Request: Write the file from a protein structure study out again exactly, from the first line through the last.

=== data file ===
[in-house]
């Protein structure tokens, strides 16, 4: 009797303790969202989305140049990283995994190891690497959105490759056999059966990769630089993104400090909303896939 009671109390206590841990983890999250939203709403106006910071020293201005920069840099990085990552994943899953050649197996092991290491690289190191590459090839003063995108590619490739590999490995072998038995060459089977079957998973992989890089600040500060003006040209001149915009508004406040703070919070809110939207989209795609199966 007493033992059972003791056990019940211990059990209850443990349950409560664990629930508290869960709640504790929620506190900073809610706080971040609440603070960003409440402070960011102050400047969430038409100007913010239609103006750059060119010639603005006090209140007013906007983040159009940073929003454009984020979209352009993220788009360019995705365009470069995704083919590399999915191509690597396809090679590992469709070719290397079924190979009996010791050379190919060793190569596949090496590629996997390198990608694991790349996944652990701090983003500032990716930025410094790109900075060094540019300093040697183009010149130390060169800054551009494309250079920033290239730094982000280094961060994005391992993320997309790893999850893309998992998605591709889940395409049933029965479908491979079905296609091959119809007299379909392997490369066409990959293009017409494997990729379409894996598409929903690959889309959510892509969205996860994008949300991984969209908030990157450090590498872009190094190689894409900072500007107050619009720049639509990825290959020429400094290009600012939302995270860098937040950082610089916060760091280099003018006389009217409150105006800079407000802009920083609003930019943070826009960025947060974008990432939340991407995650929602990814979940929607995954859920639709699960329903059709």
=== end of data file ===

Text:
[in-house]
């Protein structure tokens, strides 16, 4: 009797303790969202989305140049990283995994190891690497959105490759056999059966990769630089993104400090909303896939 009671109390206590841990983890999250939203709403106006910071020293201005920069840099990085990552994943899953050649197996092991290491690289190191590459090839003063995108590619490739590999490995072998038995060459089977079957998973992989890089600040500060003006040209001149915009508004406040703070919070809110939207989209795609199966 007493033992059972003791056990019940211990059990209850443990349950409560664990629930508290869960709640504790929620506190900073809610706080971040609440603070960003409440402070960011102050400047969430038409100007913010239609103006750059060119010639603005006090209140007013906007983040159009940073929003454009984020979209352009993220788009360019995705365009470069995704083919590399999915191509690597396809090679590992469709070719290397079924190979009996010791050379190919060793190569596949090496590629996997390198990608694991790349996944652990701090983003500032990716930025410094790109900075060094540019300093040697183009010149130390060169800054551009494309250079920033290239730094982000280094961060994005391992993320997309790893999850893309998992998605591709889940395409049933029965479908491979079905296609091959119809007299379909392997490369066409990959293009017409494997990729379409894996598409929903690959889309959510892509969205996860994008949300991984969209908030990157450090590498872009190094190689894409900072500007107050619009720049639509990825290959020429400094290009600012939302995270860098937040950082610089916060760091280099003018006389009217409150105006800079407000802009920083609003930019943070826009960025947060974008990432939340991407995650929602990814979940929607995954859920639709699960329903059709």